Direct Relief’s support in response to the crisis in Ukraine can be divided into three categories: medical material assistance, direct financial assistance and information assistance.

In the immediate aftermath of the invasion, Direct Relief began to work with the Ukrainian Ministry of Health and its long-term local organizations to determine real-time needs across the country’s health system and to determine and coordinate logistics in order to meet as many needs as possible.

In direct response to the expressed needs of the MOH, Direct Relief’s initial emergency shipment consisted of 360 field medic backpacks for first responders dealing with injuries, infections, and other acute medical needs.

That donation was immediately followed by a shipment containing specifically requested Combat Application tourniquets, critical care medicines intended for ICU settings, IV fluids, antibiotics, and other urgently needed goods. Subsequent shipments also focused on chronic care and disease-specific medications and supplies that are often forgotten when people leave their homes in haste.

Direct Relief has since mobilized and delivered an ongoing series of emergency shipments to healthcare partners in Ukraine with more on the way. The medical product donations originated in locations in the U.S. and Europe as well as within Ukraine itself and are a result of working in partnership with leading pharmaceutical and medical supply manufacturers and distributors that stepped up in a historic manner to assist the besieged country.

This generosity, as well as in-kind donations from logistics and transportation companies, such as FedEx, enabled Direct Relief to avert what would have been significant costs (and expenditure of donor funds).

Over the past three months, Direct Relief’s close relationships with Ukrainian healthcare facilities and agencies, its strong partnership with corporate donors, and its ability to securely deliver large quantities of medical goods – including temperature-sensitive products that require the use of cold-chain supplies and technologies – have resulted in the organization becoming the main channel for the delivery of medical goods to benefit the people of Ukraine.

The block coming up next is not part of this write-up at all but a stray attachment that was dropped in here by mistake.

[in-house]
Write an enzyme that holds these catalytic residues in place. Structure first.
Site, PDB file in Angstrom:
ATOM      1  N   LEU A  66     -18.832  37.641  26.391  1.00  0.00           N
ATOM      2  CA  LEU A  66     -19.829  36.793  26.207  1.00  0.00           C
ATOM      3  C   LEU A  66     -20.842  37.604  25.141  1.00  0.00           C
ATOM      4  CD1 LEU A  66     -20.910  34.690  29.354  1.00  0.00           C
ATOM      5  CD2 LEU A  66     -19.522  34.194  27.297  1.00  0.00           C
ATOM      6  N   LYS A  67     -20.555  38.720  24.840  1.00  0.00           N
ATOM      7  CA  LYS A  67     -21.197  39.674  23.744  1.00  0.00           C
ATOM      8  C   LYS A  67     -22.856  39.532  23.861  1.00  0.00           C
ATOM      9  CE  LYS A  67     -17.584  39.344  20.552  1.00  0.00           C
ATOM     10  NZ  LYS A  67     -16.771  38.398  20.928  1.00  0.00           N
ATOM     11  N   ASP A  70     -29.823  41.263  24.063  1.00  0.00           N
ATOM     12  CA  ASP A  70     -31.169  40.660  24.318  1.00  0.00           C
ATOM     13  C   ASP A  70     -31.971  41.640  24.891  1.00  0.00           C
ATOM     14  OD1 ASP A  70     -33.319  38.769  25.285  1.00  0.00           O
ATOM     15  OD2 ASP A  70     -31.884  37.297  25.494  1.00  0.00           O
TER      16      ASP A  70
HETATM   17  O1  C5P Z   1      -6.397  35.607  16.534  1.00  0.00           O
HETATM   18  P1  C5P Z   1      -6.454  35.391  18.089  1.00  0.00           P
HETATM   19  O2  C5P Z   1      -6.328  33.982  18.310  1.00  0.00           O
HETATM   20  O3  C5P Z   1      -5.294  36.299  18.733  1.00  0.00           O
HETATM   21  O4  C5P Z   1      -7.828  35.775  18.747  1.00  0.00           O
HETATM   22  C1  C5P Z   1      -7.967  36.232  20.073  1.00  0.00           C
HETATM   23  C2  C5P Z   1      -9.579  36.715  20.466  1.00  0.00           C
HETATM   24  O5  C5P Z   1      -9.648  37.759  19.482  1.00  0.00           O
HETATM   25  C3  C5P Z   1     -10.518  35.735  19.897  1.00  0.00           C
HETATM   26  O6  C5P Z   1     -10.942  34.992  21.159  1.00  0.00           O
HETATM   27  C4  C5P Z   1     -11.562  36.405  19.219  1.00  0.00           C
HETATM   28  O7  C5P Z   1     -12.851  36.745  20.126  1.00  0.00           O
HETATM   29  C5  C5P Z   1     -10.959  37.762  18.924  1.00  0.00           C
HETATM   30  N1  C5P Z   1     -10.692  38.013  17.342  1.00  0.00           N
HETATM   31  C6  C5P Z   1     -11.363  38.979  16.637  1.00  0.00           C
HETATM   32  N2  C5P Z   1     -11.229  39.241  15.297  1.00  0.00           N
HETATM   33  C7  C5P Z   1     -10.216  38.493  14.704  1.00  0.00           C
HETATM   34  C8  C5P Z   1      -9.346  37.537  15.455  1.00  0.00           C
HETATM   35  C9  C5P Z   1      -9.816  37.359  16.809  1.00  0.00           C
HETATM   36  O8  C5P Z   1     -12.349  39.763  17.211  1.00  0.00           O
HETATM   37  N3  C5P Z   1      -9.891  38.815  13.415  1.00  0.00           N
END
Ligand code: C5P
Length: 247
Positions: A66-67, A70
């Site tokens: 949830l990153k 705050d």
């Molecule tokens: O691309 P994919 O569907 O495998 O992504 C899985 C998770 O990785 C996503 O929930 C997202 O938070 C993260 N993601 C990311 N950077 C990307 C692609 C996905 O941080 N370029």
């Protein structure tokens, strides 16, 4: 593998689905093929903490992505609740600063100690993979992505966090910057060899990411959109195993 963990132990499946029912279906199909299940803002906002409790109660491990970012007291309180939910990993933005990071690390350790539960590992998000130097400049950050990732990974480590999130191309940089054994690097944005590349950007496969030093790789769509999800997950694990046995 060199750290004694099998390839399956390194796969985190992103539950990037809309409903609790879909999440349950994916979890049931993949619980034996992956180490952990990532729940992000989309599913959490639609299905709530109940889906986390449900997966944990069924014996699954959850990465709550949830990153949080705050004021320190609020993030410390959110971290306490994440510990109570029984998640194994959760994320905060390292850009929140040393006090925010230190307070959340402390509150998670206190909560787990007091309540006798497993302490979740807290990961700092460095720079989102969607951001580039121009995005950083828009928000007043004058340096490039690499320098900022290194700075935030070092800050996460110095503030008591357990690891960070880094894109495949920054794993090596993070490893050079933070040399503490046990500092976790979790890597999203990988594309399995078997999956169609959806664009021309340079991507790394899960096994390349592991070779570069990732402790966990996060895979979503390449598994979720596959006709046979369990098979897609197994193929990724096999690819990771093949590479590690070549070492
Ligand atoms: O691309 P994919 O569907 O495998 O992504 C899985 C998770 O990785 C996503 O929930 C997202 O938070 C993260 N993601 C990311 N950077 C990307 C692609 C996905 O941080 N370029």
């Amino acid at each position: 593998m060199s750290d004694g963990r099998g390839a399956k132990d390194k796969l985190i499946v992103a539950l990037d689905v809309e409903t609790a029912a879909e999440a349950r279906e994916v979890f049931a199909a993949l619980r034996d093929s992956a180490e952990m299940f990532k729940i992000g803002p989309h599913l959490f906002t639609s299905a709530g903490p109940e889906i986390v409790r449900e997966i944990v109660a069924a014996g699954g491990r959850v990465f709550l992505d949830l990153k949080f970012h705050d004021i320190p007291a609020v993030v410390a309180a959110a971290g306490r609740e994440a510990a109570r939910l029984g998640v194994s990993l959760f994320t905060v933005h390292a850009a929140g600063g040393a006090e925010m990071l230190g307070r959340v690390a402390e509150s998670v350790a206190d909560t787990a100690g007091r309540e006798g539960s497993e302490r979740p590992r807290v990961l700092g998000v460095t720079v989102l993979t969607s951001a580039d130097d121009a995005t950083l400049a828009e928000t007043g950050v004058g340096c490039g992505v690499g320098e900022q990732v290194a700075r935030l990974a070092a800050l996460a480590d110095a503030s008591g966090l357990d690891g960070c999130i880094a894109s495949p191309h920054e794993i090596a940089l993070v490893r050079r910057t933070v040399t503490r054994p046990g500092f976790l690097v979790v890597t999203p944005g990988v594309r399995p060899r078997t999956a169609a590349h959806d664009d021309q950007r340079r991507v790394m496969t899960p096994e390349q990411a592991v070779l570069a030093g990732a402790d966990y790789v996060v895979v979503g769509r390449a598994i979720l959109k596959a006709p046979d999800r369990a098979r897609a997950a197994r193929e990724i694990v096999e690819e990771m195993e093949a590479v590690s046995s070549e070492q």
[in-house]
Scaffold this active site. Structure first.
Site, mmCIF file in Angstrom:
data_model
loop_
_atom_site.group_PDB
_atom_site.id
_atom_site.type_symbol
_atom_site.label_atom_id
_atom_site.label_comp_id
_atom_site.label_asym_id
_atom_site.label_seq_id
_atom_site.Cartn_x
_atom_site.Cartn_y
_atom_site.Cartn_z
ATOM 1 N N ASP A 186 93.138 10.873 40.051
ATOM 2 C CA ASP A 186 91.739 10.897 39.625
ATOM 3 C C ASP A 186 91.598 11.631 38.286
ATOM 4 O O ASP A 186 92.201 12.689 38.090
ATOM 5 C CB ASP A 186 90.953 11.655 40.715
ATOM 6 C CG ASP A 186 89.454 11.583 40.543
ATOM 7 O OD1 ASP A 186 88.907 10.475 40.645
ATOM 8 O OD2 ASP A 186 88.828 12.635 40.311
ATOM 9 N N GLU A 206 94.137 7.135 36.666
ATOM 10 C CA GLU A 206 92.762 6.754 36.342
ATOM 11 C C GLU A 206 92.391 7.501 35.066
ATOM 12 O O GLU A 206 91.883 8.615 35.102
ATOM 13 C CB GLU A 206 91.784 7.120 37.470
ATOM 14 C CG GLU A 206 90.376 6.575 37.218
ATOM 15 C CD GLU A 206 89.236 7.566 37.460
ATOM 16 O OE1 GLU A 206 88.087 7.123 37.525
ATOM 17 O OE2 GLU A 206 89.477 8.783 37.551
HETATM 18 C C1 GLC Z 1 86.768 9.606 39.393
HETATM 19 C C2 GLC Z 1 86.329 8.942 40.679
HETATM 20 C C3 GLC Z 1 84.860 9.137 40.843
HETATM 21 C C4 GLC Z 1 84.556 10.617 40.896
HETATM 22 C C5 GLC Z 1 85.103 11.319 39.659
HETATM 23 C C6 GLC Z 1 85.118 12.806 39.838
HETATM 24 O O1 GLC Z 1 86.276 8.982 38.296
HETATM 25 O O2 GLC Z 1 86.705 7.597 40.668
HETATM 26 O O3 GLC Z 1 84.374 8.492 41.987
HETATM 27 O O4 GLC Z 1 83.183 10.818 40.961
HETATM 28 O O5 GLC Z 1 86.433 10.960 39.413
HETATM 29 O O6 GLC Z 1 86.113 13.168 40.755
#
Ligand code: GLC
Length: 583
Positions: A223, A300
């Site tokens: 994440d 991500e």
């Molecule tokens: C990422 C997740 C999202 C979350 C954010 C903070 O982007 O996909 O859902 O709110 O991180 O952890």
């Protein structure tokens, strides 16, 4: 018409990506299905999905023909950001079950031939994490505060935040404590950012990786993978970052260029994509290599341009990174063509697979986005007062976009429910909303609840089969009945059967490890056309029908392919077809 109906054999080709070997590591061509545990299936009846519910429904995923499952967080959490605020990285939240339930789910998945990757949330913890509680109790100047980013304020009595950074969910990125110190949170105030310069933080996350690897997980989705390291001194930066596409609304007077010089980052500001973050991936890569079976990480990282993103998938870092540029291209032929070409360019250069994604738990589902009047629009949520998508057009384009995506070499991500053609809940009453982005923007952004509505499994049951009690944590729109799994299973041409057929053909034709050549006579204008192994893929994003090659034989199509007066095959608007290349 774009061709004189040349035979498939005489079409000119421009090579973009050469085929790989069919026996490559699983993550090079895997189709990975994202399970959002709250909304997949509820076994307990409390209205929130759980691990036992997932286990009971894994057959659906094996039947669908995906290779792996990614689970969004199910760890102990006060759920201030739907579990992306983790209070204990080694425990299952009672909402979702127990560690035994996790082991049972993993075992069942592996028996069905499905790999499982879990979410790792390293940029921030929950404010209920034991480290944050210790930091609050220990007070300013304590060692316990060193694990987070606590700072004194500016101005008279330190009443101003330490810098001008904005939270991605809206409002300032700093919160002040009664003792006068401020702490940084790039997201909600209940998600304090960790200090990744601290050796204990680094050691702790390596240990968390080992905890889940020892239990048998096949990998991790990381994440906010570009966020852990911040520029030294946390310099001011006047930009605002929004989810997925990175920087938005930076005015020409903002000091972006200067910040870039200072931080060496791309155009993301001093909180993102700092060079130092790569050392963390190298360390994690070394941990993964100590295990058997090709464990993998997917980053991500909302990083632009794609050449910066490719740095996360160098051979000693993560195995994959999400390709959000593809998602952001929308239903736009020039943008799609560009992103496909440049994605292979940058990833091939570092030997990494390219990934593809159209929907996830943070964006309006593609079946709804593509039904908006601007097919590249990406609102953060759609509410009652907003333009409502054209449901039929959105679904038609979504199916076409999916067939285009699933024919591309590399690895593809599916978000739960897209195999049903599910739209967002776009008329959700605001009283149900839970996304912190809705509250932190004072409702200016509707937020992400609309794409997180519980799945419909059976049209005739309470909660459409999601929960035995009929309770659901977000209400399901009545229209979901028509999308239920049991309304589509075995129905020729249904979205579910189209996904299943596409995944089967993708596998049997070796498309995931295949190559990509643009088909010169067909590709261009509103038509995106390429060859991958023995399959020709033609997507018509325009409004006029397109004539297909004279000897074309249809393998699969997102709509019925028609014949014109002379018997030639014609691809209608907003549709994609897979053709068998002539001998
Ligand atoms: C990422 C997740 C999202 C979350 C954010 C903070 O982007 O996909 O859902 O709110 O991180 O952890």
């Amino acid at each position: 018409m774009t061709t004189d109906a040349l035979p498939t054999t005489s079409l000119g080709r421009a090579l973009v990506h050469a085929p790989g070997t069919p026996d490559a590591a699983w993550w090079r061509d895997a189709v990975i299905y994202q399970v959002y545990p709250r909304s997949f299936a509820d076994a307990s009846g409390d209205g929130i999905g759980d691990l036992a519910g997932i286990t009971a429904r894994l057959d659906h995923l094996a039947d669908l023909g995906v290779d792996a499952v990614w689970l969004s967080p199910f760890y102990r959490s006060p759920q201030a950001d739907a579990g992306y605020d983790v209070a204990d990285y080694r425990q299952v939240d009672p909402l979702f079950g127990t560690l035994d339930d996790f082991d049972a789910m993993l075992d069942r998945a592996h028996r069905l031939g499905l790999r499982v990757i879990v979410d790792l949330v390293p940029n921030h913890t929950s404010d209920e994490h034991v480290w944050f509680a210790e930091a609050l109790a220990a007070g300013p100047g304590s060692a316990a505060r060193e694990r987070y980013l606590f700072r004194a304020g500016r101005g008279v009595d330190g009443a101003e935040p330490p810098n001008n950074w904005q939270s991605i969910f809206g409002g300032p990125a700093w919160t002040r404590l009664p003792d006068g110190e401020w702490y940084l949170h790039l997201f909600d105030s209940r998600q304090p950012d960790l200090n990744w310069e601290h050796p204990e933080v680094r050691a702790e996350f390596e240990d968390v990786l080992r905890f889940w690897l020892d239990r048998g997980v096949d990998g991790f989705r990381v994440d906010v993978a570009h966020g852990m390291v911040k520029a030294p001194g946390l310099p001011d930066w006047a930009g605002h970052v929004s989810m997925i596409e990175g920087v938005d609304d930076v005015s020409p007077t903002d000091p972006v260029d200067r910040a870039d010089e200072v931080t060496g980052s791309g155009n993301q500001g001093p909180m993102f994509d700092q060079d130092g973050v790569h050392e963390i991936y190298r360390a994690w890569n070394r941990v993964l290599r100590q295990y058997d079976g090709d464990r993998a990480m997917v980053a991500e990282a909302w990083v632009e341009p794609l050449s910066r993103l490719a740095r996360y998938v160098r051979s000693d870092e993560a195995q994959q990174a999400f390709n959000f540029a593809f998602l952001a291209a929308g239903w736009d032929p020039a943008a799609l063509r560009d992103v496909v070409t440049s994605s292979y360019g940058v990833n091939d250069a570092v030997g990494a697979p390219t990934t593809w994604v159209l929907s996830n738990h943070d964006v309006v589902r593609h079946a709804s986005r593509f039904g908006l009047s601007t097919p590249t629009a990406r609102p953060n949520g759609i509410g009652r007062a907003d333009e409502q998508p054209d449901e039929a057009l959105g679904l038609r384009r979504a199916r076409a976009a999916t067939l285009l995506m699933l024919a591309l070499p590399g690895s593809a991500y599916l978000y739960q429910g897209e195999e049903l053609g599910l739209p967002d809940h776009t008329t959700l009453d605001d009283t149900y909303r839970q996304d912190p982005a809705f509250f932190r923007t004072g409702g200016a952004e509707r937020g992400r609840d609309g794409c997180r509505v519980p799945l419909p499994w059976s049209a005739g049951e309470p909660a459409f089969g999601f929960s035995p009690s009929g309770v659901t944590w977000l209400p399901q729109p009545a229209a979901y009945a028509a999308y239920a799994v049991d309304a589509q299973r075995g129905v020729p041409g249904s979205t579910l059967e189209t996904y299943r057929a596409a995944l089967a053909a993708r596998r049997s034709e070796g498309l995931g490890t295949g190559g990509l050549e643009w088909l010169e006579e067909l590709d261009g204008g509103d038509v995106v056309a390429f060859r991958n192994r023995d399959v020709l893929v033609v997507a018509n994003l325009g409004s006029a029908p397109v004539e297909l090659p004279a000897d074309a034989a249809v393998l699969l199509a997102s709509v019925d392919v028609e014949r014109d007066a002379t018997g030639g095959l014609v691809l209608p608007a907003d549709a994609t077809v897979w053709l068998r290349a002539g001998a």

As of May 31, 2022, Direct Relief’s Ukraine crisis response efforts have resulted in the delivery of over 650 tons of emergency medical goods, with a wholesale value of more than $315 million.

This humanitarian assistance was furnished through 76 specific donations to recipient facilities and organizations in three countries for which Direct Relief arranged for and managed the logistics, transport, and physical delivery to where they were most needed throughout the affected regions.

In Ukraine

Healthcare facilities and organizations in Ukraine that have received medical goods include:

  • Ukrainian Ministry of Health
  • Charity Fund Modern Village and Town
  • Kharkiv City Council
  • Odessa Ministry of Health/City Center
  • Kyiv Renal and Nephrology Center
  • Fondation Humanitaire International
  • Chernivtsi City Charitable Fund
  • Ukrainian Diabetes Federation
  • Charity Fund “TAPS”
  • Dobrobut Medical Network
  • Razom for Ukraine
  • Ukraine Association for Pediatric Endocrinologists
  • Kyiv Charity Foundation
  • Reach Out Worldwide
  • Project Joint Guardian

Supporting Ukrainian Refugees

In the months since Russia invaded Ukraine, 6.4 million of the country’s 44 million residents have fled the country seeking safety and assistance. The rate and scale of this exodus are unprecedented in recent history and have created a refugee crisis in neighboring countries.